Man Accused of University of Idaho Quadruple Murder Stays Silent; Plea Entered By Judge

The man accused of murdering four University of Idaho students was arraigned in court on Monday.

Bryan Kohberger was indicted by a grand jury last week on four counts of first-degree murder and one count of burglary in the stabbing deaths of Madison Mogen, Kaylee Goncalves, Xana Kernodle, and Ethan Chapin.

The killings occurred in the early hours of November 13, 2022, at a home in Moscow, Idaho, just off the University of Idaho’s campus. The 28-year-old was a criminology graduate student at the nearby University of Washington.

During his arraignment Monday morning, Kohberger remained silent throughout the hearing. Judge John Judge entered a “not guilty” plea on his behalf. The trial has now been set for October 2, 2023, and is expected to last six weeks. The maximum penalty for this case has been set for either life in prison or death.

If the prosecution plans on asking for the death penalty in this case, they must do so within 60 days.

The Case Against Bryan Kohberger

Kohberger has been in police custody since late December following a cross-country manhunt that ended at his parents’ home in Pennsylvania.

An affidavit released in January detailed the search for Kohberger, including information on his car and a detailed physical description from a witness who survived the attack.

Investigators have since seized the car, a white 2015 Hyundai Elantra, as well as knives, a cell phone, laptops, black gloves, a black mask, dark shoes, and dark clothing from Kohberger’s home. GPS and other data have also been collected from the car, cell phone, and laptop.

Little more is known about the case due to the gag order surrounding information. The order was first put in place by Latah County Magistrate Judge Megan Marshall in January, shortly after Kohberger’s arrest. Within two weeks, Marshall expanded the order to apply not just to the prosecution and defense but to witnesses, attorneys for witnesses, and victims’ families from saying anything beyond what’s stated in court filings.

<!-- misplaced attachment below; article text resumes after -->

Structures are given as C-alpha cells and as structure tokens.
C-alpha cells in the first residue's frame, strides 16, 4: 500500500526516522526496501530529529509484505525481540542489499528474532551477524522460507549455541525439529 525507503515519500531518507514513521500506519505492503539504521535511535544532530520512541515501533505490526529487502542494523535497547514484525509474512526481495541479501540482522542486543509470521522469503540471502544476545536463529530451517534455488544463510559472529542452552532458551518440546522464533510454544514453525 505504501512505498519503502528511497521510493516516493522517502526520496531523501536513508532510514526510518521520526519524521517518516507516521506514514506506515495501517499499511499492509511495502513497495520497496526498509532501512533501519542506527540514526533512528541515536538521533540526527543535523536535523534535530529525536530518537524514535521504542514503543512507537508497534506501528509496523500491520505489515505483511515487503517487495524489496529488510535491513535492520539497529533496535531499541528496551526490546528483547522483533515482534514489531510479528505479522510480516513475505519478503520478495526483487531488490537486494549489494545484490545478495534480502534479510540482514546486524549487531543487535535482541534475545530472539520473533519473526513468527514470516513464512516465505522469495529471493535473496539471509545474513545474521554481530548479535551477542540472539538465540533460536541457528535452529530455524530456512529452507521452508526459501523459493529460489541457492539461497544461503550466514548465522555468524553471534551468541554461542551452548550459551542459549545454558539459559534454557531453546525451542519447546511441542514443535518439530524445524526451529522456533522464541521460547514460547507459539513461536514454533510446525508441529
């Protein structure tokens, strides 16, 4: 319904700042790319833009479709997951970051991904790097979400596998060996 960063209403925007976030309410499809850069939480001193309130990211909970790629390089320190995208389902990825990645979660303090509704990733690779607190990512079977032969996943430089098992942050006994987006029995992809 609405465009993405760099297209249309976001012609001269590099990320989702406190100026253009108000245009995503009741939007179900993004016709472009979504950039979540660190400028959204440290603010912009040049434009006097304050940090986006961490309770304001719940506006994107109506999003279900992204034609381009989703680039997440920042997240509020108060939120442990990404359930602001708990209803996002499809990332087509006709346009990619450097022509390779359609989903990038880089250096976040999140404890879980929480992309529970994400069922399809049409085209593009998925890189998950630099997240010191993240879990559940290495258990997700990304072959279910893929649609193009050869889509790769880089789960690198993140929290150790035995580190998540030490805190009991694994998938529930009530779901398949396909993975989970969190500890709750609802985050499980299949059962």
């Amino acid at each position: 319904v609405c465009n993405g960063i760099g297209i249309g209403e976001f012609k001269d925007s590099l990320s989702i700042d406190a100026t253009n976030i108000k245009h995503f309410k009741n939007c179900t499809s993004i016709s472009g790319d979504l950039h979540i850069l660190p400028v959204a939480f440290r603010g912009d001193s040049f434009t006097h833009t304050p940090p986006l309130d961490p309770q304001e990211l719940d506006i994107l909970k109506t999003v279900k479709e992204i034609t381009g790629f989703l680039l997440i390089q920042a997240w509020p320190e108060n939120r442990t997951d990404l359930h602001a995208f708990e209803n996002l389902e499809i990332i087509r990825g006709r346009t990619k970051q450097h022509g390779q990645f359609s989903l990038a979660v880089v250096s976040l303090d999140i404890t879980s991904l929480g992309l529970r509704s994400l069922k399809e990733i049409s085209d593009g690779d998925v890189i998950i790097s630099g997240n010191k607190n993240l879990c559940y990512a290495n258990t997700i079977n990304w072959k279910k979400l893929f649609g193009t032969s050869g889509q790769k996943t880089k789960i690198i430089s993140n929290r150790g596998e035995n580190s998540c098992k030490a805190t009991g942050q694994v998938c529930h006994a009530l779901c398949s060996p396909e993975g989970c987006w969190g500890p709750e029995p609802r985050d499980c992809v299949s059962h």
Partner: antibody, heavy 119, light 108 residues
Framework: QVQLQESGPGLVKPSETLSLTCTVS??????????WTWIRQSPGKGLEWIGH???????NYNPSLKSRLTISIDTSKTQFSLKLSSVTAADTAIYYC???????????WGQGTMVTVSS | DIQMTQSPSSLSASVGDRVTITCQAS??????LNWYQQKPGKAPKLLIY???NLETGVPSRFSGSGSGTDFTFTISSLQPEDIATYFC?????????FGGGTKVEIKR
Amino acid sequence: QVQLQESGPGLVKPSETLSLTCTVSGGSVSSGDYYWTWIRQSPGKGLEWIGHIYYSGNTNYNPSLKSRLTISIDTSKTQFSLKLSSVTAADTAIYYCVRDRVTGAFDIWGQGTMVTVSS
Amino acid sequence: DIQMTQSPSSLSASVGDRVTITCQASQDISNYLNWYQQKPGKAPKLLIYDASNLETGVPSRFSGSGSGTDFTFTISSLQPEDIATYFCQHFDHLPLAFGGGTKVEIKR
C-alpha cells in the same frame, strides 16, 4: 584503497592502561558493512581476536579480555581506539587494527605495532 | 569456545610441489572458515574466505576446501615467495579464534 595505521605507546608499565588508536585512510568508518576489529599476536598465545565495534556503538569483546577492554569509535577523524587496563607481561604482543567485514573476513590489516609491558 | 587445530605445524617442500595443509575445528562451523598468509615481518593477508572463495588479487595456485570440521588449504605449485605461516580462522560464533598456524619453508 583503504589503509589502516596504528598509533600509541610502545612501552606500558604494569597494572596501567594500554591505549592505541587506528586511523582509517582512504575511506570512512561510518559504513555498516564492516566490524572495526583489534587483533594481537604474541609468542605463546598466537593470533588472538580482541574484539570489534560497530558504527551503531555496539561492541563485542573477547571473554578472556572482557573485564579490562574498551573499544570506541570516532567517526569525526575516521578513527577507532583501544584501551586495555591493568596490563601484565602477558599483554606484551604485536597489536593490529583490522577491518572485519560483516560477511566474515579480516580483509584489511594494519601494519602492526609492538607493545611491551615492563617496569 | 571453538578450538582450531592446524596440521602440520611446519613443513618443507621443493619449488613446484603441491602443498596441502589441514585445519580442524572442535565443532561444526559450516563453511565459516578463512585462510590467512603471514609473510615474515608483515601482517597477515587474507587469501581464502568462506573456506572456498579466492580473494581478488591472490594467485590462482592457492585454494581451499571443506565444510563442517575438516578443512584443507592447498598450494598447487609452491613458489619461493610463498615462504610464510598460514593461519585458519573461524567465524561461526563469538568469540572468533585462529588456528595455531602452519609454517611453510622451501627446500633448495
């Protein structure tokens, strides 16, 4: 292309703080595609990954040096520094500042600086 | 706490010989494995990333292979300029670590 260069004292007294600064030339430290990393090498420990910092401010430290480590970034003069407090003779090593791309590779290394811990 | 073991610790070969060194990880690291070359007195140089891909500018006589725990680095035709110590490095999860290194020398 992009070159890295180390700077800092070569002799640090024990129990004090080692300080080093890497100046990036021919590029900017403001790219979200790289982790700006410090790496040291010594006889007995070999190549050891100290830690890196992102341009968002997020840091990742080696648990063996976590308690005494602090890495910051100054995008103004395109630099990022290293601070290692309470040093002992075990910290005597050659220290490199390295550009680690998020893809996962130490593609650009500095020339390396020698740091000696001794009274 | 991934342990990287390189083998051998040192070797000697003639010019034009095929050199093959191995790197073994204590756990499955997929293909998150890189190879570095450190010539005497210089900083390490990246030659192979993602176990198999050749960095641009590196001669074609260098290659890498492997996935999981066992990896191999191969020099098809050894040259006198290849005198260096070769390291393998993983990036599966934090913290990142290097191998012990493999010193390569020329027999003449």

The gag order restricts attorneys, prosecutors, law enforcement agencies, and others connected to the case – including victims’ families – from speaking to the press.

Gag Order To Be Reviewed May 25

In April, 30 news organizations petitioned the Idaho Supreme Court to lift the gag order. However, the court decided not to weigh in, wanting the organizations to take the issue up with lower courts instead.

Justice Gregory Moeller wrote in the decision that the state’s Supreme Court has “long respected the media’s role in our constitutional republic and honored the promises in both the Idaho Constitution and First Amendment to the U.S. Constitution.” However, he believes the court has a “responsibility to balance the Sixth Amendments rights of the accused with the First Amendment interests of the media” in the internet and social media age.

News agencies aren’t the only ones trying to get the gag order lifted. The attorney for the family of Kaylee Goncalves, Shanon Gray, filed a challenge to the order with the 2nd judicial court. He contends the order’s extension to include victims’ families’ attorneys is “overbroad and vague.”

The hearing for Gray’s appeal is at 10 a.m. on Thursday, May 25.

This article was produced and syndicated by Wealth of Geeks.

Nicole Tommasulo is Boston-based and Buffalo-born writer and editor. Typically covering all things lifestyle, her beat spans from food, to breaking news, to travel, mental health, and everything in between. She has an MFA in Writing from Savannah College of Art and Design and has been previously published by The List, Heels Down Magazine, Hello Giggles, and several now-dead but not forgotten websites like xoJane and Femsplain. When she's not writing or editing, she's nerding out over books, prestige TV, plants, food, and frisbee golf.